Introduction to Accounting Basics
This explanation of accounting basics will introduce you to some basic accounting principles, accounting concepts, and accounting terminology. Once you become familiar with some of these terms and concepts, you will feel comfortable navigating through the explanations, quizzes, puzzles, and other features of AccountingCoach.com. (In AccountingCoach PRO you will also find videos, visual tutorials, exam questions, and forms to assist you.)
Some of the basic accounting terms that you will learn include revenues, expenses, assets, liabilities, income statement, balance sheet, and statement of cash flows. You will become familiar with accounting debits and credits as we show you how to record transactions. You will also see why two basic accounting principles, the revenue recognition principle and the matching principle, assure that a company's income statement reports a company's profitability.
In this explanation of accounting basics, and throughout all of the free materials and the PRO materials—we will often omit some accounting details and complexities in order to present clear and concise explanations. This means that you should always seek professional advice for your specific circumstances.
A Story for Relating to Accounting Basics
We will present the basics of accounting through a story of a person starting a new business. The person is Joe Perez—a savvy man who sees the need for a parcel delivery service in his community. Joe has researched his idea and has prepared a business plan that documents the viability of his new business.
Joe has also met with an attorney to discuss the form of business he should use. Given his specific situation, they concluded that a corporation will be best. Joe decides that the name for his corporation will be Direct Delivery, Inc. The attorney also advises Joe on the various permits and government identification numbers that will be needed for the new corporation.
Joe is a hard worker and a smart man, but admits he is not comfortable with matters of accounting. He assumes he will use some accounting software, but wants to meet with a professional accountant before making his selection. He asks his banker to recommend a professional accountant who is also skilled in explaining accounting to someone without an accounting background. Joe wants to understand the financial statements and wants to keep on top of his new business. His banker recommends Marilyn, an accountant who has helped many of the bank's small business customers.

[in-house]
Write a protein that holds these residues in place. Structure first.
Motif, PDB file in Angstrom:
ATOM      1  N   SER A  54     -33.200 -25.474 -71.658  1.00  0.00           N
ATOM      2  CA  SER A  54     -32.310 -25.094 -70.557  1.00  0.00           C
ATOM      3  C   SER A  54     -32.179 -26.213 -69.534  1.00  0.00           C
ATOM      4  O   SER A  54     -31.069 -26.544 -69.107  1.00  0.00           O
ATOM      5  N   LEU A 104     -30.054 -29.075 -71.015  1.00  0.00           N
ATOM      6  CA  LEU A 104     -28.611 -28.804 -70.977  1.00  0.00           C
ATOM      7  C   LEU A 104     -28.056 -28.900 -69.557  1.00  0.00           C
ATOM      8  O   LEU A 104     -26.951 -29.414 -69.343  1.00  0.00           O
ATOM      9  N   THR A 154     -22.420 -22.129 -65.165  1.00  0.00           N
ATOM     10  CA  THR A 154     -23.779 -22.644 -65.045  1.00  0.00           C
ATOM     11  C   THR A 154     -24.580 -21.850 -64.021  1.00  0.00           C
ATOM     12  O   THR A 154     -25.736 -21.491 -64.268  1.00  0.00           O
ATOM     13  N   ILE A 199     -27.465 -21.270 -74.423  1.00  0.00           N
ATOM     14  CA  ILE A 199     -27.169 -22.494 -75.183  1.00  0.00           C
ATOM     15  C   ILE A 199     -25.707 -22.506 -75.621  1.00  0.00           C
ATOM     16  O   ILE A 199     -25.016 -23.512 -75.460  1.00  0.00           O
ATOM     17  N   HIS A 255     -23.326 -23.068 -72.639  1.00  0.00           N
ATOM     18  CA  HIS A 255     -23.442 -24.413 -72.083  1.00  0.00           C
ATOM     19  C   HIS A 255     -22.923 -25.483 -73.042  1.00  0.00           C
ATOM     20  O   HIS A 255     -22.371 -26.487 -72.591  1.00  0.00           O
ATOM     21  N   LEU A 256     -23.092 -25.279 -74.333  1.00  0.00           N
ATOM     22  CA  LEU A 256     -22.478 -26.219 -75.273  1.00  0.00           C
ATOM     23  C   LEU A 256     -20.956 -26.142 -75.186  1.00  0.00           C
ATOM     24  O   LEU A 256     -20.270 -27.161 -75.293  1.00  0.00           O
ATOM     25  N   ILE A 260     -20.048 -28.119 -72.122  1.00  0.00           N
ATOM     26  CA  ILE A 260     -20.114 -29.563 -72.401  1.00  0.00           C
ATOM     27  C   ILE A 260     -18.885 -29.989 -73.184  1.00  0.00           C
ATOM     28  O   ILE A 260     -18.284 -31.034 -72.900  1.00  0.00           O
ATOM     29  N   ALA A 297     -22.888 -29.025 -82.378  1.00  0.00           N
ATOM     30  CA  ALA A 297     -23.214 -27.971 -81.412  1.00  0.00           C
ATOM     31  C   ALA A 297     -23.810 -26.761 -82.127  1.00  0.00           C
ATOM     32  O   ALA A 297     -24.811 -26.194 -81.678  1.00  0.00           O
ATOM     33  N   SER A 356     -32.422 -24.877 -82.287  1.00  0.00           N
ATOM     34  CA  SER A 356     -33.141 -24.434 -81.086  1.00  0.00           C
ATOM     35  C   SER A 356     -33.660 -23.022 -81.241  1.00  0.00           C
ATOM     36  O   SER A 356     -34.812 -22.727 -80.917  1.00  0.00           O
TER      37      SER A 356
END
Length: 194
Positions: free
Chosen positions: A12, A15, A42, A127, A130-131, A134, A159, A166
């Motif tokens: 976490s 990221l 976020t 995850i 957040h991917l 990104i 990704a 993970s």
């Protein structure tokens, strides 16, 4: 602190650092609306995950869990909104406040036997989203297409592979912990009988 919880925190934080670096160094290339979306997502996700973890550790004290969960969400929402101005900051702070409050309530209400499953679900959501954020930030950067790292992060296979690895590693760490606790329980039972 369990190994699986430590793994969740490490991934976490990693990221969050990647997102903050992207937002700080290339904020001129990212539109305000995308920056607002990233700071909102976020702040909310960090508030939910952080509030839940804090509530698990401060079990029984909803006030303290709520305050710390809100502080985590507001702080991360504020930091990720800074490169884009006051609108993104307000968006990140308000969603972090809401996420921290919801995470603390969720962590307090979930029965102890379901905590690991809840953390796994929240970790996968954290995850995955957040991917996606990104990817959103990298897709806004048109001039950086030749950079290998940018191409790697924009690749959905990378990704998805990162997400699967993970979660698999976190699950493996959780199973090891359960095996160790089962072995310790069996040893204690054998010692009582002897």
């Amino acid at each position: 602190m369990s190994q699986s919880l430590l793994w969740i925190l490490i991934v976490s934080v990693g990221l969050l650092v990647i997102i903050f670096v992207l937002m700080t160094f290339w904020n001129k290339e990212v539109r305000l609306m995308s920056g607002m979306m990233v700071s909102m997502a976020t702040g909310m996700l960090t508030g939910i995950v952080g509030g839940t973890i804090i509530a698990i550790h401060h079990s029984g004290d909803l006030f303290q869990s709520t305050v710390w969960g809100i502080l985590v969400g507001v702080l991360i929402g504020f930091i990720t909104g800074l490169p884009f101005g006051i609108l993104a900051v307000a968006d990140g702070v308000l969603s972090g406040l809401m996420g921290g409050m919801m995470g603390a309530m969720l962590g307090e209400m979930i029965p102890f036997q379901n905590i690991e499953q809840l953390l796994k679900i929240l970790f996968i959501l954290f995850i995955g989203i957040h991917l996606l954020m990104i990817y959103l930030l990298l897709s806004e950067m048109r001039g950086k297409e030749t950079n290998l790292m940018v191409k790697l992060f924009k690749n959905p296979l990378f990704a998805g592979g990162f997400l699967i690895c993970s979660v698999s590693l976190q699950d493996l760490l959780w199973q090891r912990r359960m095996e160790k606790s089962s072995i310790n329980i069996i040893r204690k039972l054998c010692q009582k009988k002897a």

Note: To learn about the roles of accountants and CPAs visit our free Accounting Career Center.
At his first meeting with Marilyn, Joe asks her for an overview of accounting, financial statements, and the need for accounting software. Based on Joe's business plan, Marilyn sees that there will likely be thousands of transactions each year. She states that accounting software will allow for the electronic recording, storing, and retrieval of those many transactions. Accounting software will permit Joe to generate the financial statements and other reports that he will need for running his business.
Joe seems puzzled by the term transaction, so Marilyn gives him five examples of transactions that Direct Delivery, Inc. will need to record:
- Joe will no doubt start his business by putting some of his own personal money into it. In effect, he is buying shares of Direct Delivery's common stock.
- Direct Delivery will need to buy a sturdy, dependable delivery vehicle.
- The business will begin earning fees and billing clients for delivering their parcels.
- The business will be collecting the fees that were earned.
- The business will incur expenses in operating the business, such as a salary for Joe, expenses associated with the delivery vehicle, advertising, etc.
With thousands of such transactions in a given year, Joe is smart to start using accounting software right from the beginning. Accounting software will generate sales invoices and accounting entries simultaneously, prepare statements for customers with no additional work, write checks, automatically update accounting records, etc.
By getting into the habit of entering all of the day's business transactions into his computer, Joe will be rewarded with fast and easy access to the specific information he will need to make sound business decisions. Marilyn tells Joe that accounting's "transaction approach" is useful, reliable, and informative. She has worked with other small business owners who think it is enough to simply "know" their company made $30,000 during the year (based only on the fact that it owns $30,000 more than it did on January 1). Those are the people who start off on the wrong foot and end up in Marilyn's office looking for financial advice.
If Joe enters all of Direct Delivery's transactions into his computer, good accounting software will allow Joe to print out his financial statements with a click of a button. In Parts 2 through 7 Marilyn will explain the content and purpose of the three main financial statements:
- Income Statement
- Balance Sheet
- Statement of Cash Flows